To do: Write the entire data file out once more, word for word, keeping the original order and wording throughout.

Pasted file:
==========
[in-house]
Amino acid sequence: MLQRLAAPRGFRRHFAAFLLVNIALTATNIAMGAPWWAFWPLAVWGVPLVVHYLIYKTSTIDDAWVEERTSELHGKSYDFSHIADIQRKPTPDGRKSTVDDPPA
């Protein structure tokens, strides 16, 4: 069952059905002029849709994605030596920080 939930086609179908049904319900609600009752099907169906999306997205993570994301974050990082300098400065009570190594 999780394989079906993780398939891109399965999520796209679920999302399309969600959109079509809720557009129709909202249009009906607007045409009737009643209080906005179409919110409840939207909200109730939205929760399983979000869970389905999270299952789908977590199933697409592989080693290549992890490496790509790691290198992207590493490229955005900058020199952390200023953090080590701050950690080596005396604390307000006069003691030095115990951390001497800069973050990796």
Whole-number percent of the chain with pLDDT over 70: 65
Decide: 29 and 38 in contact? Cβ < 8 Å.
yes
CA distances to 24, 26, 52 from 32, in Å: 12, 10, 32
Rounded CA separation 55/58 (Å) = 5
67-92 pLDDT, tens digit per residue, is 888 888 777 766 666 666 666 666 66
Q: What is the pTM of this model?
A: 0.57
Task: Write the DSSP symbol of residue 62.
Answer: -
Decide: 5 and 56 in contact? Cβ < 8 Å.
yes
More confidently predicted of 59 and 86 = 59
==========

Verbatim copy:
[in-house]
Amino acid sequence: MLQRLAAPRGFRRHFAAFLLVNIALTATNIAMGAPWWAFWPLAVWGVPLVVHYLIYKTSTIDDAWVEERTSELHGKSYDFSHIADIQRKPTPDGRKSTVDDPPA
């Protein structure tokens, strides 16, 4: 069952059905002029849709994605030596920080 939930086609179908049904319900609600009752099907169906999306997205993570994301974050990082300098400065009570190594 999780394989079906993780398939891109399965999520796209679920999302399309969600959109079509809720557009129709909202249009009906607007045409009737009643209080906005179409919110409840939207909200109730939205929760399983979000869970389905999270299952789908977590199933697409592989080693290549992890490496790509790691290198992207590493490229955005900058020199952390200023953090080590701050950690080596005396604390307000006069003691030095115990951390001497800069973050990796």
Whole-number percent of the chain with pLDDT over 70: 65
Decide: 29 and 38 in contact? Cβ < 8 Å.
yes
CA distances to 24, 26, 52 from 32, in Å: 12, 10, 32
Rounded CA separation 55/58 (Å) = 5
67-92 pLDDT, tens digit per residue, is 888 888 777 766 666 666 666 666 66
Q: What is the pTM of this model?
A: 0.57
Task: Write the DSSP symbol of residue 62.
Answer: -
Decide: 5 and 56 in contact? Cβ < 8 Å.
yes
More confidently predicted of 59 and 86 = 59